Activation of hepatic stellate cells (HSC), a resident pericytic cell in liver, into a proliferative and fibrogenic cell type, is the principal event underlying hepatic fibrosis following injury. Release of lipid droplets (LD) containing retinyl esters and triglyceride is a defining feature of HSC activation, yet the basis for this release has remained mysterious. Here we offer a surprising discovery that autophagy is the missing link underlying LD release, by stimulating metabolism of their contents to provide the energy vital to fuel HSC activation. By specifically inhibiting the autophagic pathway in activated HSC, LD release is impaired and cellular ATP levels are decreased. Moreover, animals with HSC-specific deletion of Atg7 display attenuated activation following liver injury, leading to reduced fibrosis in vivo. We further demonstrate that fibrogenic cells from other organs, including kidney and lung, also rely on autophagy as a core pathway driving the scarring response. Our results provide a novel framework for understanding pathways underlying fibrogenic cell responses to tissue injury.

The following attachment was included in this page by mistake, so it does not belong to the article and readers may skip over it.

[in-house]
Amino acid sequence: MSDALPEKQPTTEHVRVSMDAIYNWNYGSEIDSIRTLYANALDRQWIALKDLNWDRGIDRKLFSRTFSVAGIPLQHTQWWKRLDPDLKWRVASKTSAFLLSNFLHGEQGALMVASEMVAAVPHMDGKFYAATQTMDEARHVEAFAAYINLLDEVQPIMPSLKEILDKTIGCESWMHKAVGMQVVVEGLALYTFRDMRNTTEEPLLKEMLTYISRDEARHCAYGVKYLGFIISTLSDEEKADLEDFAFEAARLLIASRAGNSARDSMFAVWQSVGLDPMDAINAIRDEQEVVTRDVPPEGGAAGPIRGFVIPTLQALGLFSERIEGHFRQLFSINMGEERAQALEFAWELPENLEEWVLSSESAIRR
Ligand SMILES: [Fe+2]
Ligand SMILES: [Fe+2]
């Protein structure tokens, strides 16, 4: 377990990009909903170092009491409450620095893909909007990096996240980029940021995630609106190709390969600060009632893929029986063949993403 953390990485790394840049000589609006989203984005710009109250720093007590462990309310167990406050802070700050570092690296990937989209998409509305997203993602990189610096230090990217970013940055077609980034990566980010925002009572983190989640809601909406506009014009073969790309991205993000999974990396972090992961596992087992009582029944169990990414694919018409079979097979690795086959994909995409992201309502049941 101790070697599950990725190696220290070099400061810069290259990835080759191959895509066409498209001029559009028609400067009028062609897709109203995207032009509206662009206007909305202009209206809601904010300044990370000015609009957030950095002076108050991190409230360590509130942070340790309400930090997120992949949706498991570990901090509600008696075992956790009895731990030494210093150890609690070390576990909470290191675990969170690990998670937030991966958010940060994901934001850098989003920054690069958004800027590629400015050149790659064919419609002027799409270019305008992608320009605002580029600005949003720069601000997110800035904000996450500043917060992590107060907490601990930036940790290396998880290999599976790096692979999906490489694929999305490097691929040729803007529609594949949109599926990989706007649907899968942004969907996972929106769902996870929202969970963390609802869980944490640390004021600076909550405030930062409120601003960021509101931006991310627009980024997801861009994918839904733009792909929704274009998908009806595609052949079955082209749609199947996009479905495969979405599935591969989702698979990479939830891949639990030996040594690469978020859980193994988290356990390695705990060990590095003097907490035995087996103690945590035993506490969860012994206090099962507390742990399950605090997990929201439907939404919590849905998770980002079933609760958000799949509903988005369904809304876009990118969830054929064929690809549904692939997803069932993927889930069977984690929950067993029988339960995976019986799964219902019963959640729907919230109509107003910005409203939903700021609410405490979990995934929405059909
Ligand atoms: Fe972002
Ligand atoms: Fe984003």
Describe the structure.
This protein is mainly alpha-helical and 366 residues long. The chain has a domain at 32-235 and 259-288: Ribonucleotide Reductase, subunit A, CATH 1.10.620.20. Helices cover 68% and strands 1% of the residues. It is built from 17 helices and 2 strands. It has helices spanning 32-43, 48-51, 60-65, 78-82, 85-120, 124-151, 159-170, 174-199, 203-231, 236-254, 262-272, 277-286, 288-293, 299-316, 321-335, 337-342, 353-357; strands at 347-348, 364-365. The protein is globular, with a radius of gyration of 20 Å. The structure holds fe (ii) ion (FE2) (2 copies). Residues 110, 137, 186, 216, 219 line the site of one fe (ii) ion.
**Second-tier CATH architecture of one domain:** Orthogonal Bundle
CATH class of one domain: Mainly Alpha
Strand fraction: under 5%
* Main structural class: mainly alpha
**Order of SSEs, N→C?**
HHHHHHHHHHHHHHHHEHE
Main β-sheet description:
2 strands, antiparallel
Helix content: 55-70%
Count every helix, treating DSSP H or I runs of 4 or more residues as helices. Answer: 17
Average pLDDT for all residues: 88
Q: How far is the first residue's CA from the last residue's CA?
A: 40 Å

Original languageEnglish
Pages (from-to)849-850
Number of pages2
Issue number5
StatePublished - May 2012


  • Atg7
  • Autophagy
  • Chloroquine
  • Hepatic stellate cells
  • Lipid droplets
  • Liver fibrosis


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